By Helena Rodriguez
At one point James McGowan wanted to be a stand-up comedian. He also considered careers in military and police work. But ultimately, he following a calling he received in first grade to become a priest.
However, this was not before being a jack of all trades while he tried to figure out where he was going and if this calling was God’s will.
He began the seminary at age 18, but then opted to go to college here at Eastern New Mexico University where he became a self-described party animal in the 1980s with the former Sigma Nu fraternity. He then worked in security, restaurants and hotels before returning to the seminary at age 33.
Now at age 43, McGowan, who happens to have a blue belt in Kojosho karate, only three belts away from a black belt, has been appointed the new priest at St. Helen Catholic Church. He replaces Father Tobin Hitt, who has been reassigned by the archdiocese of Santa Fe to San Martin de Porres church in Albuquerque.
McGowan – a native of Brooklyn, N.Y. who grew up in Rio Rancho – comes by way of Clayton where he was pastor of St. Francis Xavier church. Prior to that, he served as a police chaplain.
“In college, my friends would joke that I was going to become a tele-evangelist. Some of them knew I wanted to be a priest, but I’m sure some of them are still shocked. I was a bit of a party animal, a John Belushi of those days,” said McGowan, now in his fourth year of priesthood.
McGowan said his return to Portales has brought him full circle.
“When I found out I was coming back to Portales, on one hand I thought ‘You got to be kidding me, of all the parishes in New Mexico I’m going to Portales.’ I couldn’t believe it. On the other hand it was a good feeling, like a coming home.”
McGowan already has plans to begin making some changes at St. Helen and is looking forward to the opportunity to teach religious classes at ENMU. “That is one of those ironies because I was not the best student when I was there,” he said.
The evenings that McGowan spent performing at the Duke City Comedy Club in Albuquerque were not wasted though. He said humor comes in handy in his sermons.
“Humor helps to relax people and get their attention,” he said.
McGowan expects to pastor St. Helen for about five to six years and plans to begin by making some minor changes such as bringing back a crucifix, stations of the cross and other religious items to the sanctuary before the Lenten season begins. He will also oversee the building of a new Newman Center for college students on the church grounds and wants to have a church Web site on the Internet.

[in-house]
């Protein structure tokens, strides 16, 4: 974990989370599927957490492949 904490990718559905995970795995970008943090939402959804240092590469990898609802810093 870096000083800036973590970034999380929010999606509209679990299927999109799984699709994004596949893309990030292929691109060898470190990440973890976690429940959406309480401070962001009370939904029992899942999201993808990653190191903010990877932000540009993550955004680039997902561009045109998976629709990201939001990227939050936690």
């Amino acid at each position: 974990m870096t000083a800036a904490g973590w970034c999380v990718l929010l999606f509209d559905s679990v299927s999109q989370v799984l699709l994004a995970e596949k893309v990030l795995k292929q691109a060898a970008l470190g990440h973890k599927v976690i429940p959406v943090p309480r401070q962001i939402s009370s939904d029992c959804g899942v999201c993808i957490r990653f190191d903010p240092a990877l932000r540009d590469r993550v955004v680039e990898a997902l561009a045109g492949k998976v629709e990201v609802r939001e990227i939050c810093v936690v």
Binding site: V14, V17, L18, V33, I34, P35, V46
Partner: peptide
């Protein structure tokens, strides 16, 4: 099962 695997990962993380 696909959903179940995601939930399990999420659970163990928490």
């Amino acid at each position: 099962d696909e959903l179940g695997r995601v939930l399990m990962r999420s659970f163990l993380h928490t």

“I think this will be a challenging role. I’m in a bigger parish now with more families. Another challenge is language. I speak a little Spanish but I need to relearn the language,” McGowan said.
He would also like to see more social activities and community service projects within the parish.
“I want to re-establish the annual bazaar and have things like fish frys as well as get the youth groups more involved,” he said.
He plans to become involved in the local ministerial alliance, saying, “It’s always good to be involved with other churches. When we come together, we have more to offer the community.”
When he has spare time, McGowan writes fiction and collects police badges, patches and coins.
McGowan says he is 100 percent Irish American and St. Patrick is his favorite saint. Along with his two older brothers and sister, he was raised in a Catholic home. His dad, now deceased, was a member of Knights of Columbus and his mom, who still lives in Rio Rancho, was in the altar society.
The new priest is optimistic about his vocation regardless of recent church scandals and a shortage of priests and considers himself a conservative like Pope Benedict XVI.
“I like to think God has brought us through a point of purification and I think the number of priests will eventually go up. That has been a challenge for the church from the beginning. We have been here 2,000 years and we will always be here,” he said.
“I love being a priest. I can’t imagine doing anything else,” he said.